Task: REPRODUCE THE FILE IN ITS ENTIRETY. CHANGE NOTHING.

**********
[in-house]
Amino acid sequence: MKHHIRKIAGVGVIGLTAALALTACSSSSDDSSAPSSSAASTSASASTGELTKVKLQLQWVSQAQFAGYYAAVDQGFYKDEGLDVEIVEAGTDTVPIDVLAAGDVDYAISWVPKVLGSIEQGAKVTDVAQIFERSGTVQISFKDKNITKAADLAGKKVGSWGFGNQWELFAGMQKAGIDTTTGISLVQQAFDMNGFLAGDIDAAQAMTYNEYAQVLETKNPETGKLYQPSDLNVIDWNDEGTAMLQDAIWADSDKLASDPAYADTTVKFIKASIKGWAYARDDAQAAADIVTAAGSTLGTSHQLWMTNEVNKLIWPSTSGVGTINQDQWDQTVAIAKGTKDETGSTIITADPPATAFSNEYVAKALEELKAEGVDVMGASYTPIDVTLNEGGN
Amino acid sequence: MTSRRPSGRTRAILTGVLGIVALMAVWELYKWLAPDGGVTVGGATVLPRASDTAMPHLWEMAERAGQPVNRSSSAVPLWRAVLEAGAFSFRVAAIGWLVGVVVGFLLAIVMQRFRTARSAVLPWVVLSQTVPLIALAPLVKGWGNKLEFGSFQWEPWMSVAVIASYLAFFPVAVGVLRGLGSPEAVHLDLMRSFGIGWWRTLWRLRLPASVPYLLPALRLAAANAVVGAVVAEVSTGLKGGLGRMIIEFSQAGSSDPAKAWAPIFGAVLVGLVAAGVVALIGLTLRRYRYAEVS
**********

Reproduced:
[in-house]
Amino acid sequence: MKHHIRKIAGVGVIGLTAALALTACSSSSDDSSAPSSSAASTSASASTGELTKVKLQLQWVSQAQFAGYYAAVDQGFYKDEGLDVEIVEAGTDTVPIDVLAAGDVDYAISWVPKVLGSIEQGAKVTDVAQIFERSGTVQISFKDKNITKAADLAGKKVGSWGFGNQWELFAGMQKAGIDTTTGISLVQQAFDMNGFLAGDIDAAQAMTYNEYAQVLETKNPETGKLYQPSDLNVIDWNDEGTAMLQDAIWADSDKLASDPAYADTTVKFIKASIKGWAYARDDAQAAADIVTAAGSTLGTSHQLWMTNEVNKLIWPSTSGVGTINQDQWDQTVAIAKGTKDETGSTIITADPPATAFSNEYVAKALEELKAEGVDVMGASYTPIDVTLNEGGN
Amino acid sequence: MTSRRPSGRTRAILTGVLGIVALMAVWELYKWLAPDGGVTVGGATVLPRASDTAMPHLWEMAERAGQPVNRSSSAVPLWRAVLEAGAFSFRVAAIGWLVGVVVGFLLAIVMQRFRTARSAVLPWVVLSQTVPLIALAPLVKGWGNKLEFGSFQWEPWMSVAVIASYLAFFPVAVGVLRGLGSPEAVHLDLMRSFGIGWWRTLWRLRLPASVPYLLPALRLAAANAVVGAVVAEVSTGLKGGLGRMIIEFSQAGSSDPAKAWAPIFGAVLVGLVAAGVVALIGLTLRRYRYAEVS